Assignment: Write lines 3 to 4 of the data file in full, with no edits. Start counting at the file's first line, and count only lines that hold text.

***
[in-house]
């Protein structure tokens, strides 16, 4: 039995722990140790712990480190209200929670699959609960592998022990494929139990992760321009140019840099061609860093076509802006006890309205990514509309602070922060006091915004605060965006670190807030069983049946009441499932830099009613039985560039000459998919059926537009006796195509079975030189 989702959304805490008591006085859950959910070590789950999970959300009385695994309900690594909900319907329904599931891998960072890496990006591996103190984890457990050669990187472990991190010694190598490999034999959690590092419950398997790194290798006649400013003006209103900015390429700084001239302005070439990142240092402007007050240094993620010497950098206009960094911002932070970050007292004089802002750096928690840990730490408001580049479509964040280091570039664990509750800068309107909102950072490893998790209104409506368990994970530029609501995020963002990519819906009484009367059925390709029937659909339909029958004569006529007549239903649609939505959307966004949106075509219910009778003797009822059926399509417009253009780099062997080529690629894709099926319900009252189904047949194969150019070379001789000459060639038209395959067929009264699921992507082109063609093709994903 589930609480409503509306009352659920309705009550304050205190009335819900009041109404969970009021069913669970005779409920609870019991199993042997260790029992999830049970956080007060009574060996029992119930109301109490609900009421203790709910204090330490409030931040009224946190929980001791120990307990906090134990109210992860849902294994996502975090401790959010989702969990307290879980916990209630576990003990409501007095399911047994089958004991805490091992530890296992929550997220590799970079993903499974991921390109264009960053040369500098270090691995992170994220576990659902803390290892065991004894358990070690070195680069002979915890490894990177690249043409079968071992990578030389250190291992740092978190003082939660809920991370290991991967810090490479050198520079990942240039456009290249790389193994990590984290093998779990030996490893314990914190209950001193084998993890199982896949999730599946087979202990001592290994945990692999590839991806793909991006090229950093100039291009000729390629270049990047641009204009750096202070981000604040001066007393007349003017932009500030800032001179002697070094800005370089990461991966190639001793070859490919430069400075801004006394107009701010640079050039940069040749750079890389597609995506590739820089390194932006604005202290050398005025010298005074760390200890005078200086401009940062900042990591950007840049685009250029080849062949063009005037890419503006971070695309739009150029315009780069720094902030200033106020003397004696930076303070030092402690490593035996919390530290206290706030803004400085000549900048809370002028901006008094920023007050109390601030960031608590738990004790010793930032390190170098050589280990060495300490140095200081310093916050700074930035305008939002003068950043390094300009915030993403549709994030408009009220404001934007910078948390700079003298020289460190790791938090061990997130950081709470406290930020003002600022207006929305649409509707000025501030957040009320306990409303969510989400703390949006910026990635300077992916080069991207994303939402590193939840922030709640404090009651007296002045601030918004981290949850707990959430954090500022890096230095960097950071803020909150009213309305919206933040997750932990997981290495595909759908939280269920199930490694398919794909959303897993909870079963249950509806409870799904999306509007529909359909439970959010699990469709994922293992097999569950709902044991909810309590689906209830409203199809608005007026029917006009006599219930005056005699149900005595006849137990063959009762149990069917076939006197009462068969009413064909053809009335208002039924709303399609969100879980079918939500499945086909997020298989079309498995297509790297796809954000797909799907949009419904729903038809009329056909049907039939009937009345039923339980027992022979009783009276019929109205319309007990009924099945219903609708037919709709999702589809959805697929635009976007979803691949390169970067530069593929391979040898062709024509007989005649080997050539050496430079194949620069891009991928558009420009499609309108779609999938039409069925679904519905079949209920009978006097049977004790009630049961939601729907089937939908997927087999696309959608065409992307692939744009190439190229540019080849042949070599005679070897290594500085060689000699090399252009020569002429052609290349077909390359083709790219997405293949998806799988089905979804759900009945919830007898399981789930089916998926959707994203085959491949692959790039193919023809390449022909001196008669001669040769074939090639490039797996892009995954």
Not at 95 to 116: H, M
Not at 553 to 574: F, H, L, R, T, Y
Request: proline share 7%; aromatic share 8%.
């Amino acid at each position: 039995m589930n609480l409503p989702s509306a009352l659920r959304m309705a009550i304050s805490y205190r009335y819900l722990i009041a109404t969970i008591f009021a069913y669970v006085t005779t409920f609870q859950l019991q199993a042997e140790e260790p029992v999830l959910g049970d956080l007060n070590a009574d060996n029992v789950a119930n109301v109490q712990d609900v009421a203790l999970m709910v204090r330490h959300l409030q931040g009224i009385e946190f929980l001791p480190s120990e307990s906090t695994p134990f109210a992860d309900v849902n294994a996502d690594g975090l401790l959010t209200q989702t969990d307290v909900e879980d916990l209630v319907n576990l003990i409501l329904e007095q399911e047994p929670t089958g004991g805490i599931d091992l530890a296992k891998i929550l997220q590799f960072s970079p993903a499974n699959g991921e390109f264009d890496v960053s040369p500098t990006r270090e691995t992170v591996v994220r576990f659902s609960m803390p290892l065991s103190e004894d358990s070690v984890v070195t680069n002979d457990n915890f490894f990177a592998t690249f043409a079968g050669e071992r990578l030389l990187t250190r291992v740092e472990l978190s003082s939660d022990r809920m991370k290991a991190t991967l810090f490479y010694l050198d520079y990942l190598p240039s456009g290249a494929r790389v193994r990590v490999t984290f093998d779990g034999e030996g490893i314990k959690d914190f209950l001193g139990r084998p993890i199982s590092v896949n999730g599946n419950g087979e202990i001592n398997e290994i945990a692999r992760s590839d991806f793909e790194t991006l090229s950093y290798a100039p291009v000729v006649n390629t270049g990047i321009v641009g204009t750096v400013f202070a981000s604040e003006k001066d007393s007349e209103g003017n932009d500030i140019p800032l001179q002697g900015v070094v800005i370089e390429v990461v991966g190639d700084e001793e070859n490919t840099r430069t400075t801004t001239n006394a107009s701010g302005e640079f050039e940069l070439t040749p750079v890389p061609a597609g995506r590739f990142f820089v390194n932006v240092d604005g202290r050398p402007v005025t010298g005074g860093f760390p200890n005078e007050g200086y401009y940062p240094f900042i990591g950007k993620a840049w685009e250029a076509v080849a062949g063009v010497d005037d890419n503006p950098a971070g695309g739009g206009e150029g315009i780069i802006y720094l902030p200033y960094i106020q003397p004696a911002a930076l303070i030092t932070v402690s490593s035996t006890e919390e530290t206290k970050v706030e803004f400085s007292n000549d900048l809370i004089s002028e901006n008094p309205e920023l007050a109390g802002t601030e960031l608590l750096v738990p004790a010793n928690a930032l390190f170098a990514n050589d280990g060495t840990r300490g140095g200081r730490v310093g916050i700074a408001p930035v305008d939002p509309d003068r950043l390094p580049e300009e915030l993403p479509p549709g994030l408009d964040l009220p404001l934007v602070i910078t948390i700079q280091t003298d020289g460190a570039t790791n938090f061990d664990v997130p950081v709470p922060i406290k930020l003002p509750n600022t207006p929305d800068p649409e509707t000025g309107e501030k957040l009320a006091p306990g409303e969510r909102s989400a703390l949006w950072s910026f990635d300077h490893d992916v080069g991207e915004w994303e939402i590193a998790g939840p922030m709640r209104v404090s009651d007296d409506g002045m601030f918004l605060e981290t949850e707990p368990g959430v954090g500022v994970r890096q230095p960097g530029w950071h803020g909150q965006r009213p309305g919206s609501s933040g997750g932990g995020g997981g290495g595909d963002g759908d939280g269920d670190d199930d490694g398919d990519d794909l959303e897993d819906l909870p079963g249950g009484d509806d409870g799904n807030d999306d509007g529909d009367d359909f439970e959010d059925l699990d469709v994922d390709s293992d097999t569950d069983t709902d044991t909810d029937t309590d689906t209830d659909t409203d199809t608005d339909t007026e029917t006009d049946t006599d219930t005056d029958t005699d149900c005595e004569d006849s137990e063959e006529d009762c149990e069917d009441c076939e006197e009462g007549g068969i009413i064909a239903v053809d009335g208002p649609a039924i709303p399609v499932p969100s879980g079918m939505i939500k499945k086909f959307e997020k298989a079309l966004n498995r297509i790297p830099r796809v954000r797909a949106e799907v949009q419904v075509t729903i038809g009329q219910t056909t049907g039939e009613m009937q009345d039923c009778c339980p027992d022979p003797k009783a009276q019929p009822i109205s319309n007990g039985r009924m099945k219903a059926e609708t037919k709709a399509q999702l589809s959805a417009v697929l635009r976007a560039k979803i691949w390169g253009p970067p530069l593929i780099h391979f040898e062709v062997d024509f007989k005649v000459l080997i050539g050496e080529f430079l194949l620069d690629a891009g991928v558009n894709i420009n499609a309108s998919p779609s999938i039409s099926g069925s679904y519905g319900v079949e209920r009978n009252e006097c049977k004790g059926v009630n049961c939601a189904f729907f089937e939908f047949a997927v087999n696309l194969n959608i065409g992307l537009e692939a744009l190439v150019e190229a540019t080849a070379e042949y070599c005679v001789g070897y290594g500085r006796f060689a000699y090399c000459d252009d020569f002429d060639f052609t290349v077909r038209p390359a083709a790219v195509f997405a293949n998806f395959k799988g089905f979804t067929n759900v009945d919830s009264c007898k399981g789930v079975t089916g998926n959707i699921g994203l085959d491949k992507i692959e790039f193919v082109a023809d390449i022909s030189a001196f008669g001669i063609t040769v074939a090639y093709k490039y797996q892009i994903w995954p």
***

Not at 95 to 116: H, M
Not at 553 to 574: F, H, L, R, T, Y